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Emergency: a burn victim's battle for survival begins after the fire is out.

This story is based on the true experiences of burn victims and the doctors who treat them.

It's a quiet night at the Children's Hospital of New Jersey. But when a paramedic's voice crackles over the emergency room radio, the doctors and nurses spring into action.

"We have a burn patient, male, age 12," the voice squawks. "Looks like a fireworks explosion. He's got second- and third-degree burns to his hands, face, and upper trunk."

Dr. Anita Falla and her burn treatment team quickly don surgical masks, gloves, and gowns. Minutes later, the ambulance crew wheels Mike through the door.

Dr. Falla takes charge. Her first concern: stabilizing Mike's condition. "We've got to get that hot clothing off to let the skin cool," she explains. The team starts to snip away at the remnants of Mike's charred T-shirt and jeans.

Next, the medical staff begins rinsing Mike's burns with lots of water. Any burn, says Dr. Falla--whether it's caused by fire, chemicals, hot oil, or scalding water--should be rinsed with cool tap water right away. The faster, the better, she says. Otherwise, the heat from the burns will continue to "cook" the skin, as if it were in an oven.

During the rinsing, Dr. Falla examines Mike's body and notes that almost half of it is covered with charred, leatherlike skin. These are serious, third-degree burns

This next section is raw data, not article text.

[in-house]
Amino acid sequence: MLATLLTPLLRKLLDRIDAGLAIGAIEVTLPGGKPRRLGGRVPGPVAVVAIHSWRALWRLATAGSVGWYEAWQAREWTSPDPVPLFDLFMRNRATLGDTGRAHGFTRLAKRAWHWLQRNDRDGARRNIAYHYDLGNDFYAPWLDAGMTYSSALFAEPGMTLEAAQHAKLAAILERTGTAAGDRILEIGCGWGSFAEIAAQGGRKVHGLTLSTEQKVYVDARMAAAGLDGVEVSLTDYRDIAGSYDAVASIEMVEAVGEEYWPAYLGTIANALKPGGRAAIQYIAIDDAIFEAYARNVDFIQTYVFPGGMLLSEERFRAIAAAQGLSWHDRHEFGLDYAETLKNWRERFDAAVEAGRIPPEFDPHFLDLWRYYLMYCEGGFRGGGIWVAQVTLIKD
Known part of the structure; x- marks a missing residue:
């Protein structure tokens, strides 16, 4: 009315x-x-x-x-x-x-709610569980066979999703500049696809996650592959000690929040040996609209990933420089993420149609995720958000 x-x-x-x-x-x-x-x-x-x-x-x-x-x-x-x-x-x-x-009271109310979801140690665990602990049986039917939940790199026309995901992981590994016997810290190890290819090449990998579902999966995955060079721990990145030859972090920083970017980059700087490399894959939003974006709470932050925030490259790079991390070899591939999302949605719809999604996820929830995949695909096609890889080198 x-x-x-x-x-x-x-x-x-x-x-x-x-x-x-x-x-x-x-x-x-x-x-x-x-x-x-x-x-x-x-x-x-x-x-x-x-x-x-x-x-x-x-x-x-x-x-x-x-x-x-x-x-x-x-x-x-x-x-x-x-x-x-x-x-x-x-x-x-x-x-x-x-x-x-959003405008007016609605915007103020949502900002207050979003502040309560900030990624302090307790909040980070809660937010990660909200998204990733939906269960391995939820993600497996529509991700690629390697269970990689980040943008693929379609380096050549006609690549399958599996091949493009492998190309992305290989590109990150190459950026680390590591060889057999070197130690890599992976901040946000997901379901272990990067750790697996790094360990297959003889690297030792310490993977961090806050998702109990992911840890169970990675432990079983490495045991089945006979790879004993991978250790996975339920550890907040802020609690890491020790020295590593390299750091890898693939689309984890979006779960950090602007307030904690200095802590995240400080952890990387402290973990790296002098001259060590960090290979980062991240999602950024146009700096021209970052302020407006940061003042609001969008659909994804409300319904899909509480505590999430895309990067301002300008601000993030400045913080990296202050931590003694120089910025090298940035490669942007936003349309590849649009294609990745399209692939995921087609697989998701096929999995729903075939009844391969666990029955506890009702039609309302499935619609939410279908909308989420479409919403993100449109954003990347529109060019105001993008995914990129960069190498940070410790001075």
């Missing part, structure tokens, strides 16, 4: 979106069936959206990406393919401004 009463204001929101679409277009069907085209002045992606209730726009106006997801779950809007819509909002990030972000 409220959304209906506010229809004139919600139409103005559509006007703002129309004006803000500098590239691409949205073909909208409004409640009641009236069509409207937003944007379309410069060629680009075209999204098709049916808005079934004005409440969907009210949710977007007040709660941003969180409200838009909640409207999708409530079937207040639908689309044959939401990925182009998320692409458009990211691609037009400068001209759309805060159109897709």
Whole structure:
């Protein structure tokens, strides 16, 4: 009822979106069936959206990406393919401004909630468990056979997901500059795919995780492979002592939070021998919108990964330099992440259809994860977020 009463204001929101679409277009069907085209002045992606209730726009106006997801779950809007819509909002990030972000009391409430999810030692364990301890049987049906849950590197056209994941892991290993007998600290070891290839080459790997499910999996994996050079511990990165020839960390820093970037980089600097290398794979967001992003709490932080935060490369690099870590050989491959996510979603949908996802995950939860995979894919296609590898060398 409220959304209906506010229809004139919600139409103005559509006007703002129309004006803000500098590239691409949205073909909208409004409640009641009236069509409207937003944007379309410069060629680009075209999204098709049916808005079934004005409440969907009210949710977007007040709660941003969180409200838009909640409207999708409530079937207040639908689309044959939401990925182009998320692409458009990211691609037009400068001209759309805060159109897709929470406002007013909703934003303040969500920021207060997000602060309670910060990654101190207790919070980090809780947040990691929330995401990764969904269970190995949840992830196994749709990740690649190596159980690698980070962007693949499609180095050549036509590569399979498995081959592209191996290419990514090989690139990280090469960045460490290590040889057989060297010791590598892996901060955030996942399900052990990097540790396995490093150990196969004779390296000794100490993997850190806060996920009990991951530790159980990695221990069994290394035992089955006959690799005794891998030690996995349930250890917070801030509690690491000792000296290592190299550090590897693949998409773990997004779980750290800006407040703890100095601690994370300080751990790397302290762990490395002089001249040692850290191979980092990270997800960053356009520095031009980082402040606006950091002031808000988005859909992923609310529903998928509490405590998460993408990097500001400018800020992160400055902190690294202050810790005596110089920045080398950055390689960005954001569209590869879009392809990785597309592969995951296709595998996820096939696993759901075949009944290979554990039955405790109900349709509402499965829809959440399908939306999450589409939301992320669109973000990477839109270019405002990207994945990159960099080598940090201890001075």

Mike moans in agony. But it's not the third-degree burns that are causing his pain. All the nerves in those areas have been burned away. Instead, it's the nerves in less severely burned areas that are sending pain signals to Mike's brain. To ease his suffering, Dr. Falla gives Mike an injection of morphine, a potent painkiller.

SKIN DEEP

The next priority for the burn treatment team is to start replacing Mike's body fluids. "The skin is a cover for the body," explains Dr. Anthony Barbara, a burn-treatment specialist at the Hackensack Medical Center in New Jersey. "Once that protective barrier is gone, fluids [like blood, plasma, and the fluids that bathe and fill cells] ooze out," he says. Burn victims can leak gallons of fluid a day from their raw wounds. The treatment: Hook them up to intravenous (IV) tubes to pour vital fluids back into their veins.

Of course, finding a vein on a severely burned patient can be tough, explains Dr. Falla. "Sometimes the skin is so burned that you can't see any blood vessels underneath. And sometimes the vessels are completely destroyed." Fortunately, she quickly finds an undamaged vein on the underside of Mike's left arm.

Next, Dr. Falla turns her attention to Mike's uncontrollable shivering. It might seem odd that a burn victim would feel chilled. But skin, explains Dr. Falla, is also very important in regulating body temperature. "Whether it's cold or hot outside, the skin adjusts" to keep your internal temperature at a constant 98.6 [degrees] F, she says.